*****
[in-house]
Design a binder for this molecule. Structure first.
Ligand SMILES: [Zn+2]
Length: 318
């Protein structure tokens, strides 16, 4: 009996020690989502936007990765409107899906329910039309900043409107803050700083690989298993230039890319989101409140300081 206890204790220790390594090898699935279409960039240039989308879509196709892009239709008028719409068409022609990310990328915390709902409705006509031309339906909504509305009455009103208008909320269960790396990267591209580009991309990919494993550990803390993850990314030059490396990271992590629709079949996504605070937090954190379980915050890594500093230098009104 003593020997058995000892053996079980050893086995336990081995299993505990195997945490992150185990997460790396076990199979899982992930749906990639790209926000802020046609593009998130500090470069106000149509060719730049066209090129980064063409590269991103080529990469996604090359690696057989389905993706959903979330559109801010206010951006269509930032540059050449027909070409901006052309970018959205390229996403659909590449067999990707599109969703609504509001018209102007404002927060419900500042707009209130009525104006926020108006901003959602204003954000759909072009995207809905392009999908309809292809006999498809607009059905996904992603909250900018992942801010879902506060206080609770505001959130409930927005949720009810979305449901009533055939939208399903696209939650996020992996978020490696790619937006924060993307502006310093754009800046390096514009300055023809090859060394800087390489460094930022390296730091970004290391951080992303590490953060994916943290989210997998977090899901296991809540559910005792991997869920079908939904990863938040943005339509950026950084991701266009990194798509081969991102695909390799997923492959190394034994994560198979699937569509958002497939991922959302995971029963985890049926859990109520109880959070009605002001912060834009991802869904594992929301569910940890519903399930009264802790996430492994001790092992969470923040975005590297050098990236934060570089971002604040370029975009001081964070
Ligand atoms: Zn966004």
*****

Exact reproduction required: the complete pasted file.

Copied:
[in-house]
Design a binder for this molecule. Structure first.
Ligand SMILES: [Zn+2]
Length: 318
């Protein structure tokens, strides 16, 4: 009996020690989502936007990765409107899906329910039309900043409107803050700083690989298993230039890319989101409140300081 206890204790220790390594090898699935279409960039240039989308879509196709892009239709008028719409068409022609990310990328915390709902409705006509031309339906909504509305009455009103208008909320269960790396990267591209580009991309990919494993550990803390993850990314030059490396990271992590629709079949996504605070937090954190379980915050890594500093230098009104 003593020997058995000892053996079980050893086995336990081995299993505990195997945490992150185990997460790396076990199979899982992930749906990639790209926000802020046609593009998130500090470069106000149509060719730049066209090129980064063409590269991103080529990469996604090359690696057989389905993706959903979330559109801010206010951006269509930032540059050449027909070409901006052309970018959205390229996403659909590449067999990707599109969703609504509001018209102007404002927060419900500042707009209130009525104006926020108006901003959602204003954000759909072009995207809905392009999908309809292809006999498809607009059905996904992603909250900018992942801010879902506060206080609770505001959130409930927005949720009810979305449901009533055939939208399903696209939650996020992996978020490696790619937006924060993307502006310093754009800046390096514009300055023809090859060394800087390489460094930022390296730091970004290391951080992303590490953060994916943290989210997998977090899901296991809540559910005792991997869920079908939904990863938040943005339509950026950084991701266009990194798509081969991102695909390799997923492959190394034994994560198979699937569509958002497939991922959302995971029963985890049926859990109520109880959070009605002001912060834009991802869904594992929301569910940890519903399930009264802790996430492994001790092992969470923040975005590297050098990236934060570089971002604040370029975009001081964070
Ligand atoms: Zn966004």